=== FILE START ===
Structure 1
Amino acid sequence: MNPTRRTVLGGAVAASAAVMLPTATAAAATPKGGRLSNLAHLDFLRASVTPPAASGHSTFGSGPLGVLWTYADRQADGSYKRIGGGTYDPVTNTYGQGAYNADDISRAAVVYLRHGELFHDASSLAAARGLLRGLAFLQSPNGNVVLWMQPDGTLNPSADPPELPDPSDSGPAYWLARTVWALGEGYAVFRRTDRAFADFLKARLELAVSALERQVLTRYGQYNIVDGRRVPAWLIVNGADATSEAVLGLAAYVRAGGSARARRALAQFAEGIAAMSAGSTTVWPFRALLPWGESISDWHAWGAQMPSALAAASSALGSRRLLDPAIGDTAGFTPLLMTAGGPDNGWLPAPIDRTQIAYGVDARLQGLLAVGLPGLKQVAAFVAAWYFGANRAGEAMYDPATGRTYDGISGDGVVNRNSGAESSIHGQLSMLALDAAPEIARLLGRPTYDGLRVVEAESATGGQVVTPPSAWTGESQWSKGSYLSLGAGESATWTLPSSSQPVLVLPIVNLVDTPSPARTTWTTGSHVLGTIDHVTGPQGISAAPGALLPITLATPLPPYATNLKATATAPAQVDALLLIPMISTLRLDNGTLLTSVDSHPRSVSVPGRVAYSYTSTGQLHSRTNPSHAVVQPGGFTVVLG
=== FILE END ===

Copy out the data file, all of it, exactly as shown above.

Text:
Structure 1
Amino acid sequence: MNPTRRTVLGGAVAASAAVMLPTATAAAATPKGGRLSNLAHLDFLRASVTPPAASGHSTFGSGPLGVLWTYADRQADGSYKRIGGGTYDPVTNTYGQGAYNADDISRAAVVYLRHGELFHDASSLAAARGLLRGLAFLQSPNGNVVLWMQPDGTLNPSADPPELPDPSDSGPAYWLARTVWALGEGYAVFRRTDRAFADFLKARLELAVSALERQVLTRYGQYNIVDGRRVPAWLIVNGADATSEAVLGLAAYVRAGGSARARRALAQFAEGIAAMSAGSTTVWPFRALLPWGESISDWHAWGAQMPSALAAASSALGSRRLLDPAIGDTAGFTPLLMTAGGPDNGWLPAPIDRTQIAYGVDARLQGLLAVGLPGLKQVAAFVAAWYFGANRAGEAMYDPATGRTYDGISGDGVVNRNSGAESSIHGQLSMLALDAAPEIARLLGRPTYDGLRVVEAESATGGQVVTPPSAWTGESQWSKGSYLSLGAGESATWTLPSSSQPVLVLPIVNLVDTPSPARTTWTTGSHVLGTIDHVTGPQGISAAPGALLPITLATPLPPYATNLKATATAPAQVDALLLIPMISTLRLDNGTLLTSVDSHPRSVSVPGRVAYSYTSTGQLHSRTNPSHAVVQPGGFTVVLG